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Comment to the Guardian re how technology is changing, and will further change, the exhibition space and experience.

February 25, 2013 |

James Rook, managing director at global exhibition specialists Nimlok, said: “In the first six months of this year, 55% per cent of the stands we worked on for clients involved some form of digital content ranging from augmented reality and digital brochures to social media links. We expect this to increase significantly year on year.

“Technology used to be an afterthought or a nice gimmicky extra, but exhibition stands are now being considered more and more by marketing teams as an experiential marketing tool and a way to boost engagement before, during and after an exhibition.

“Twitter walls, augmented images and games whose results can then be uploaded to social media channels are all typical examples of projects clients expect to be included as part of their stand build.

“Advantages fed back by clients are that such tools have helped to capture more contact details for marketing databases, draw a larger crowd and amplify the impact from the event through post event communication channels. City & Guilds used 48 iPads at a recent exhibition to enable students to play a DJ mix game. It resulted in almost 3,000 uploads to Facebook (a reach of around 379,000 people based on average number of friends per profile). A seamless integrated plasma screen also welcomed students to a ‘talent revolution’ and this year their plans are even bigger with augmented reality expected to play its part.

“Technology is an important addition to marketing strategy but it won’t change the landscape totally. However what it does do is change how communication is conveyed. The traditional show and tell is replaced by engagement and interaction and a new way of triggering information. For example our proposition pilot for BOSTIK saw users create an interactive house model with touch screen capability to highlight relevant information (e.g. parts of the building in this case). The visitor can also take control of the information on offer, find what’s relevant to them and cut through the noise.

“We have ourselves discovered some of the benefits and pitfalls. At Marketing Week Live our display incorporated augmented reality into our stand. We had 170 leads and our social media campaign on the day created a potential reach of 52,000 users.

“What was also interesting however was that our review of the show revealed that only 10 per cent of people integrated social media within their stand*. That’s far less than the number handing out sweets to entice visitors for example!

“The other lesson from Marketing Week Live is relevant for anyone looking at using technology within a stand – it won’t compensate for forgetting the basics. Staff not approaching people (only 22% were doing this) and people on stands talking on their phones not potential customers (10%), are things good technology can only partly overcome.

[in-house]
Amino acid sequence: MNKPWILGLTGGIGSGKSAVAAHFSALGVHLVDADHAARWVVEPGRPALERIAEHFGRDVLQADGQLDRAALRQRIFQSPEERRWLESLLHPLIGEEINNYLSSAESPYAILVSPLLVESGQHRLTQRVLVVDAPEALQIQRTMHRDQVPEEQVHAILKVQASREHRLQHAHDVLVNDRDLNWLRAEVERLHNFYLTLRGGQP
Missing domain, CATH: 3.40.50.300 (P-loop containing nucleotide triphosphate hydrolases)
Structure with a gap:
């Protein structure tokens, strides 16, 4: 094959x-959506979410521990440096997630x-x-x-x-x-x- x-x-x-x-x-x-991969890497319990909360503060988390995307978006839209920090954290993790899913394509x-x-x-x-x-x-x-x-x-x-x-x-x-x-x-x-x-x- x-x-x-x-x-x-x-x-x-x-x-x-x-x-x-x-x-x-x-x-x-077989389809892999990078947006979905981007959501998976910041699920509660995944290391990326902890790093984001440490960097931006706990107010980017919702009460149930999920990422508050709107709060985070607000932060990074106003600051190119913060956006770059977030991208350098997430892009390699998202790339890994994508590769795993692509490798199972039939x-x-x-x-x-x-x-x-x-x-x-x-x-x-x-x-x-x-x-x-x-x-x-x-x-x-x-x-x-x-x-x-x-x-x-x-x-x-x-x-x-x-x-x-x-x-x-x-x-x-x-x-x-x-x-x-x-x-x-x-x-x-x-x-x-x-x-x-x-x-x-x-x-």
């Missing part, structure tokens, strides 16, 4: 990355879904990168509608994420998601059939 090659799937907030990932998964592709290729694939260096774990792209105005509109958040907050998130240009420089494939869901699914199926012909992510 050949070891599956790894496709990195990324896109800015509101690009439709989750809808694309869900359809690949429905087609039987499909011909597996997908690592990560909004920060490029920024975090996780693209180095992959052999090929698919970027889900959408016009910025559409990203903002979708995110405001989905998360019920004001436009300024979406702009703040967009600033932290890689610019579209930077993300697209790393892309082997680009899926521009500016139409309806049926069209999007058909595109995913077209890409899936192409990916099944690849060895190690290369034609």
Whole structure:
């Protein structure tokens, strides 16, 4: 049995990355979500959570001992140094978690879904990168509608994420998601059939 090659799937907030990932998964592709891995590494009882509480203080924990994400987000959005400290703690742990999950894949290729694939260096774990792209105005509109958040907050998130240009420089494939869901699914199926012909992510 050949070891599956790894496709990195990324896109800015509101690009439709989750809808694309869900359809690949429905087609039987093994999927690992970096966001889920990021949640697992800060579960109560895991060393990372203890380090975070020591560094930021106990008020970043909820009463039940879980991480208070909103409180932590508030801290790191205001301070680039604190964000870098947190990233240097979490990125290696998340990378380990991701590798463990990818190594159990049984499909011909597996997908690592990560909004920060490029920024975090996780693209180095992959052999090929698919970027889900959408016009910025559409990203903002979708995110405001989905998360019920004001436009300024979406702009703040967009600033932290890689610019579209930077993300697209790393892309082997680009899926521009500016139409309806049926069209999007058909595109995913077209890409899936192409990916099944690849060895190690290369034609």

“For technology to work it must be tied into the exhibition strategy and not say, merely used for technologies’ sake. Exhibitions are fundamentally about human interaction which is to be celebrated and embraced, not substituted. The acid test should be, how will this enhance our stand staff’s ability to engage, interact, demonstrate, inspire, record or communicate? Technology on stands can range from fun to intellectual to practical, so from a game to a survey to an animation with loads of options inbetween. But the question must always be asked “what’s in it for the participant?” and it must be highly relevant.

“At the fun end, we’ve create a “space invaders” game for a computer virus protection company, made relevant by the “invaders” being icons representing the problems/bugs faced by the prospect’s systems and eliminated by the exhibitor’s service. The “what’s in it for them” was a competition entry which also enabled the exhibitor to collect data. At the more intellectual end, we’ve created a survey with a “live opinion barometer” that positioned our client as a thought leader by asking questions about their customers’ key challenges that the whole peer group was interest in. Whilst not directly related to their product, it helped them with insight into what product to develop next, and the published survey results promised to benchmark participants’ opinions against that of their peers.

“One massive shift we expect to see next year in both areas is a move by clients to use technology in their exhibition spaces to generate product sales. Direct commerce will become more important than using technology to simply inform and showcase innovation. Direct sign-ups to services and products sold will shift delegates and exhibitors’ experience. It will enable exhibitions to become much more than an information gathering exercise and give marketers a stronger sense of return on investment.”

Extra info

* for infographic of full survey results

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